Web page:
Academics Resist Nationalization… Of Their Endowments

, Malcolm A. Kline, Leave a comment

cash photoNormally, professors and college administrators see no end to their ever-expanding list of things that are “too important to be left to the free market.” Apparently, even they have their limits.

When two professors from the University of Illinois at Chicago and Northeastern Illinois University suggested that universities could share and redistribute their own wealth, Brian C. Mitchell of the American Association of University Professors (AAUP) used the Academe blog maintained by the AAUP to dissect the idea.

“These professors decry the University of Chicago’s endowment as ‘wealth hoarding,’ arguing that if the government seized the University’s endowment and spread its $7.5 billion across public universities throughout Illinois, then the effect would be a greater public good,” Mitchell wrote. “Curiously, they do not make the same case for wealth distribution among the well-endowed flagship public universities in states, for example, like Texas, Virginia, Michigan, Pennsylvania, Ohio, Minnesota, California, or Washington.”

“Further, we do not know how they propose to undertake redistribution. Do government leaders at the federal and state level really represent the best ‘hands on the purse strings’ given the professors’ analysis of the state of the public higher education impasse in Illinois? When Harvard’s Drew Faust has to explain to Congress how endowments are built from a combination of restricted and unrestricted funds, is the primer so basic that the Congressional hearing is at best premature or maybe even unnecessary?”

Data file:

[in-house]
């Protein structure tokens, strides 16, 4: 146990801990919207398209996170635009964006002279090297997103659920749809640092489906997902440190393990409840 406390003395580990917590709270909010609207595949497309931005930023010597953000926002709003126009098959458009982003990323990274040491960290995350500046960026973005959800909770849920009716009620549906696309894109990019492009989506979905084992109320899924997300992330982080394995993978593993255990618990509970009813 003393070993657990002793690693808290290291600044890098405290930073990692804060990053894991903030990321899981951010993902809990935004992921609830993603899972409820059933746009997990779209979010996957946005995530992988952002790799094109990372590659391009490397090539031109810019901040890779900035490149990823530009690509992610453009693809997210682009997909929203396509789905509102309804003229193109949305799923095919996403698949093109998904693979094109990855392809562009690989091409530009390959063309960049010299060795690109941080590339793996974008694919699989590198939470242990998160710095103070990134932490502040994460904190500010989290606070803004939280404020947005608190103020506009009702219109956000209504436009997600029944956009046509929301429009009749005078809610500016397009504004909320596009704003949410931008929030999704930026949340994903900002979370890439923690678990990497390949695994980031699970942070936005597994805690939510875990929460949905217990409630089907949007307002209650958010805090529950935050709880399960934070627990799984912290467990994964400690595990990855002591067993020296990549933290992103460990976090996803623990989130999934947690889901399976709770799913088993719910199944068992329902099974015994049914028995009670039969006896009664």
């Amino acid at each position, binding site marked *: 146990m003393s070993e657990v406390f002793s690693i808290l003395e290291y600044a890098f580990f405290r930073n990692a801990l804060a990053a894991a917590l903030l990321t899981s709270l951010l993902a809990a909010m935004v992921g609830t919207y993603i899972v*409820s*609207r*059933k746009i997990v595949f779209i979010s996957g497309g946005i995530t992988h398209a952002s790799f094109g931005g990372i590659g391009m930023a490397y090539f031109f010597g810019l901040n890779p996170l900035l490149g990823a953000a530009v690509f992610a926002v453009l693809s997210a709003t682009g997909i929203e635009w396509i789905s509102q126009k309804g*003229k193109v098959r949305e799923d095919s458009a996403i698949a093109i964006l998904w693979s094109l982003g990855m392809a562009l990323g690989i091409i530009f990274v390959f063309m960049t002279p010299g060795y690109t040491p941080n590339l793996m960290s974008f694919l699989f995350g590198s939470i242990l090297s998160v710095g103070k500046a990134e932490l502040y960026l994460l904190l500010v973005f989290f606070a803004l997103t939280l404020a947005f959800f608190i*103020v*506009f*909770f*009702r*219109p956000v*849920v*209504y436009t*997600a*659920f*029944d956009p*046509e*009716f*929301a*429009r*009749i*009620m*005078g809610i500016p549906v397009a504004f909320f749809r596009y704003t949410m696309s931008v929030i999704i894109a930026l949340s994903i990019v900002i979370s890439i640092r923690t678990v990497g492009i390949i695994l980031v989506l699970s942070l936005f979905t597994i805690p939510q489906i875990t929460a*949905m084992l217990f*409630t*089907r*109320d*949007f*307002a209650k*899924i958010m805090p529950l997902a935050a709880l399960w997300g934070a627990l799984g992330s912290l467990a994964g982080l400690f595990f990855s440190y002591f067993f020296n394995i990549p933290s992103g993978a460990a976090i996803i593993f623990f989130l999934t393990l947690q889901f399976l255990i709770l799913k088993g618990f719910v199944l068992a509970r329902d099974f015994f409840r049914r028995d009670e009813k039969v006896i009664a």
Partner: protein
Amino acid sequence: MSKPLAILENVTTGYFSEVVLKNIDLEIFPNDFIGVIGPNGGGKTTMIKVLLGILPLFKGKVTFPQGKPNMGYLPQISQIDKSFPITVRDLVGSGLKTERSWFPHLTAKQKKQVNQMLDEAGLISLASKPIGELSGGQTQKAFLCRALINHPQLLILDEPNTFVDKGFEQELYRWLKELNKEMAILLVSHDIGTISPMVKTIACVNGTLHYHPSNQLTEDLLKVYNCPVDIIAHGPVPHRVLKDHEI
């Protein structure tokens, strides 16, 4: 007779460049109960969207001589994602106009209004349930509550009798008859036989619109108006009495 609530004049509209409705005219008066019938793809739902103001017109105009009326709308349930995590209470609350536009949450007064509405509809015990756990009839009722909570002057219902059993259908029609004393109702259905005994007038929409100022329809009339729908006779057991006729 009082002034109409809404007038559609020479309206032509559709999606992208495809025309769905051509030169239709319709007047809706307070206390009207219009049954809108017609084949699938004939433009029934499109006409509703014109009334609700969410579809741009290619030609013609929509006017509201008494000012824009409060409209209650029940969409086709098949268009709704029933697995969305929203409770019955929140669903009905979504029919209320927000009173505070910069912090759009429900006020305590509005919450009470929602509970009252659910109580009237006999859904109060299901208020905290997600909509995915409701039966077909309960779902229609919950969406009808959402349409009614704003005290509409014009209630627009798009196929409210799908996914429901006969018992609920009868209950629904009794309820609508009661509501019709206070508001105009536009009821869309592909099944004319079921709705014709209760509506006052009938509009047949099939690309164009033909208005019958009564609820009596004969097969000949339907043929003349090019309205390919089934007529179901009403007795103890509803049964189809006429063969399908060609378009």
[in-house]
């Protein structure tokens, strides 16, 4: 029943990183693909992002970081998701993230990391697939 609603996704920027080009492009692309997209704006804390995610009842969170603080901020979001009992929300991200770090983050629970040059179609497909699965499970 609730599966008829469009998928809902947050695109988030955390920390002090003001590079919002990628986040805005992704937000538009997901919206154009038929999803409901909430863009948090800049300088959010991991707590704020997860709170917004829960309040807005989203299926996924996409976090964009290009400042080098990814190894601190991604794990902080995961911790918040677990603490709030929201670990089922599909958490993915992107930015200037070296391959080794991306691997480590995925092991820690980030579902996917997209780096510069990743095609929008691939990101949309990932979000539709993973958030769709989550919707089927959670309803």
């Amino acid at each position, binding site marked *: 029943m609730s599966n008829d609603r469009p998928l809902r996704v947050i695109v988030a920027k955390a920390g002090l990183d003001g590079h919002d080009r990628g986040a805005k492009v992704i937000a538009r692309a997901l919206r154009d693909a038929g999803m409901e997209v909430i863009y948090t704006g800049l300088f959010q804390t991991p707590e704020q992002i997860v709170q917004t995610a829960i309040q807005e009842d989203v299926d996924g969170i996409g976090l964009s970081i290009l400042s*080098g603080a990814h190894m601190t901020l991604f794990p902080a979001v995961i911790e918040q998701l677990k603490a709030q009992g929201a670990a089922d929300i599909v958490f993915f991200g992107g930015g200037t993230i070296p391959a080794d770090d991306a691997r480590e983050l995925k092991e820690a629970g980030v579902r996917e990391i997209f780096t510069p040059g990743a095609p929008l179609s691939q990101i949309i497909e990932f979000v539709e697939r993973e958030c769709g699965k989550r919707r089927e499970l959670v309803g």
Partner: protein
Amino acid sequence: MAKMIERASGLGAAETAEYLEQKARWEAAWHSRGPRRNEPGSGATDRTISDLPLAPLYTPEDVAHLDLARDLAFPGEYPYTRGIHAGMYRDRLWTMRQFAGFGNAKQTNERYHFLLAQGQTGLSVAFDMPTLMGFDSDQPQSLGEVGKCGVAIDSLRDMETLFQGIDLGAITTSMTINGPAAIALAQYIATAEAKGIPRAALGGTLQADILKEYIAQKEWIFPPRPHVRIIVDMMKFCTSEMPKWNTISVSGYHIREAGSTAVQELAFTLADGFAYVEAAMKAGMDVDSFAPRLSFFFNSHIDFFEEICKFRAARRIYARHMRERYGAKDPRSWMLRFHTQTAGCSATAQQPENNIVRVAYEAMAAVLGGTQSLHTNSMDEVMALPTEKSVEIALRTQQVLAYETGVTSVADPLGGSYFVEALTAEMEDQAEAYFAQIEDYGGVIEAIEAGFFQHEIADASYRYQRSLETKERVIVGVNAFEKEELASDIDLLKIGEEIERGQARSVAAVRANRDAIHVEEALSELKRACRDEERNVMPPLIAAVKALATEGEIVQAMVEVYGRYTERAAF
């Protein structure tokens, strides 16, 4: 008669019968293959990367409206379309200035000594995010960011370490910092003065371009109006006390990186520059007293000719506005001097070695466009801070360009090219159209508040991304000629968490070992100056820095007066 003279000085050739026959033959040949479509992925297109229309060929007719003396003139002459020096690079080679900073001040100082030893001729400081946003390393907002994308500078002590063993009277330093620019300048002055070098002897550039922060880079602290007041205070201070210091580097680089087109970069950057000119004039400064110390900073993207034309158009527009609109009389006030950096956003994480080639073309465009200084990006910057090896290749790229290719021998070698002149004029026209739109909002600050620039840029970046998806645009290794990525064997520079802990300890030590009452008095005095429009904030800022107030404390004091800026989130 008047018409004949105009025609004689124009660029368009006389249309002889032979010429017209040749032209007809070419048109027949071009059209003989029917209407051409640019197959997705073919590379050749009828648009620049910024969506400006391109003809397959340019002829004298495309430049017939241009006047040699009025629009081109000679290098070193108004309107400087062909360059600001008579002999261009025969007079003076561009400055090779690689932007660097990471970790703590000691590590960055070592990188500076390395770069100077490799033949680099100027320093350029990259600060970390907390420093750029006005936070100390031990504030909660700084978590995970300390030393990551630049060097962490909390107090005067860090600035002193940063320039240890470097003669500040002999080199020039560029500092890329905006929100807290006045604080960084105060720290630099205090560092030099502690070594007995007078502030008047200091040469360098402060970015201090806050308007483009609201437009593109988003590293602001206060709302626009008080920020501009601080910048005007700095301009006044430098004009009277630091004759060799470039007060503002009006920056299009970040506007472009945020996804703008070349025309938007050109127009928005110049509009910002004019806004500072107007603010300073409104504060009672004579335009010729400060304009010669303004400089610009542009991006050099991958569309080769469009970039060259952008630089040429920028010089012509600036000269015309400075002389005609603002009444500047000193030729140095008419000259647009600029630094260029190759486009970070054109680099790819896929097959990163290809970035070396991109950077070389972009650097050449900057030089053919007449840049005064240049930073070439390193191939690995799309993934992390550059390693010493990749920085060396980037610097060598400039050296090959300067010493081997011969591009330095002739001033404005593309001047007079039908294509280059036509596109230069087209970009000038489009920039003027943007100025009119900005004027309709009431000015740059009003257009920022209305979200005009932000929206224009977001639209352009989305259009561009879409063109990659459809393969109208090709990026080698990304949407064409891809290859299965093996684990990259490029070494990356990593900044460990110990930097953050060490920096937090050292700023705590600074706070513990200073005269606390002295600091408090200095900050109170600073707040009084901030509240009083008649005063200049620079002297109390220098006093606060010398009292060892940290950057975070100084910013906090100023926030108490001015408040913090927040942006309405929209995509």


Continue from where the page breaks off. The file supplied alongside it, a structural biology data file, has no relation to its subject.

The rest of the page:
“And then there is the question of the reaction once the University of Chicago – joined by the rest of the non-profit community, including wealthy public flagship universities – files suit to prevent nationalization. Any action to nationalize funds – whether restricted or unrestricted by category – would have a chilling effect on the entire non-profit community.”

“It might be better to propose something other than raiding the coffers next door to think about the role that higher education – public and private – plays in America.” Actually, if parents and taxpayers did devote more time to thinking about that role, they might demand a refund.

Photo by 401(K) 2013

Photo by 401(K) 2013